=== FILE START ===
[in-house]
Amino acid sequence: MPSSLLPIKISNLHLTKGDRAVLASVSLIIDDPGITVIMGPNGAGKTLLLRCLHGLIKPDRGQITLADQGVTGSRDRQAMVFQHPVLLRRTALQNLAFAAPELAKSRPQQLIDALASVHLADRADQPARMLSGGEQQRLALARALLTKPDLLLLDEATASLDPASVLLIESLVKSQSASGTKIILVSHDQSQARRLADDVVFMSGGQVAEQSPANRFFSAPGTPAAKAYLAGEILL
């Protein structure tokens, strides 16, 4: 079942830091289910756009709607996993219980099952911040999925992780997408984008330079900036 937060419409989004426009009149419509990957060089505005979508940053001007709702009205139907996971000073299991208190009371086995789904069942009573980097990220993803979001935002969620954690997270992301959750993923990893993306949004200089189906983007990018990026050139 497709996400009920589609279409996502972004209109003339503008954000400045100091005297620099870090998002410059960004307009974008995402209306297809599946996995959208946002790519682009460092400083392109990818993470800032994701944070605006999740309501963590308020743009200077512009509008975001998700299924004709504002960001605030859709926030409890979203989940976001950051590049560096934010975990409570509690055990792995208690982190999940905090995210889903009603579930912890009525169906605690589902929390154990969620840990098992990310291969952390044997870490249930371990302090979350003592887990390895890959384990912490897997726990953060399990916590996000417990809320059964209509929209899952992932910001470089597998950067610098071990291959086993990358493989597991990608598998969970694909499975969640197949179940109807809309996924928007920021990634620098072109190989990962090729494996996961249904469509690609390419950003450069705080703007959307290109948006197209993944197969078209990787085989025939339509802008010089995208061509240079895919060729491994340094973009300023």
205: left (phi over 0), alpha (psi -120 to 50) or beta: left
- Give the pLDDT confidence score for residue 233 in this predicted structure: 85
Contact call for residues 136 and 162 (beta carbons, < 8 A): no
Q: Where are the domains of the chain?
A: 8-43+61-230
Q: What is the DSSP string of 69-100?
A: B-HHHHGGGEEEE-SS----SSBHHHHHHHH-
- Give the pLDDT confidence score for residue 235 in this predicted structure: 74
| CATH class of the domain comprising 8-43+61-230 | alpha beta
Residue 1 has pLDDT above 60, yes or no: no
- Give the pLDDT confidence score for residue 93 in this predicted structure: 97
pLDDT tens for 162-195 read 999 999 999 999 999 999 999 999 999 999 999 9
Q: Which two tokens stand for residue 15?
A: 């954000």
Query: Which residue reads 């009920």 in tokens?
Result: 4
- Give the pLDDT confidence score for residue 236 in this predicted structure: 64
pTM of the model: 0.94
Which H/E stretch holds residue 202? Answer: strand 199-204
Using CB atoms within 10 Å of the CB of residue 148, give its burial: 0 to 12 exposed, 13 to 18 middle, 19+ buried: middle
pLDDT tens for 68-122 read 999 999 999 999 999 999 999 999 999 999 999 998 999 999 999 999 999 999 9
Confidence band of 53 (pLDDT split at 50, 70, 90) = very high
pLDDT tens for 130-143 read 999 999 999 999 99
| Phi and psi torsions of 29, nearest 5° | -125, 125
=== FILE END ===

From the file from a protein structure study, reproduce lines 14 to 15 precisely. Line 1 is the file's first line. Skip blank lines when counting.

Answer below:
- Give the pLDDT confidence score for residue 93 in this predicted structure: 97
pLDDT tens for 162-195 read 999 999 999 999 999 999 999 999 999 999 999 9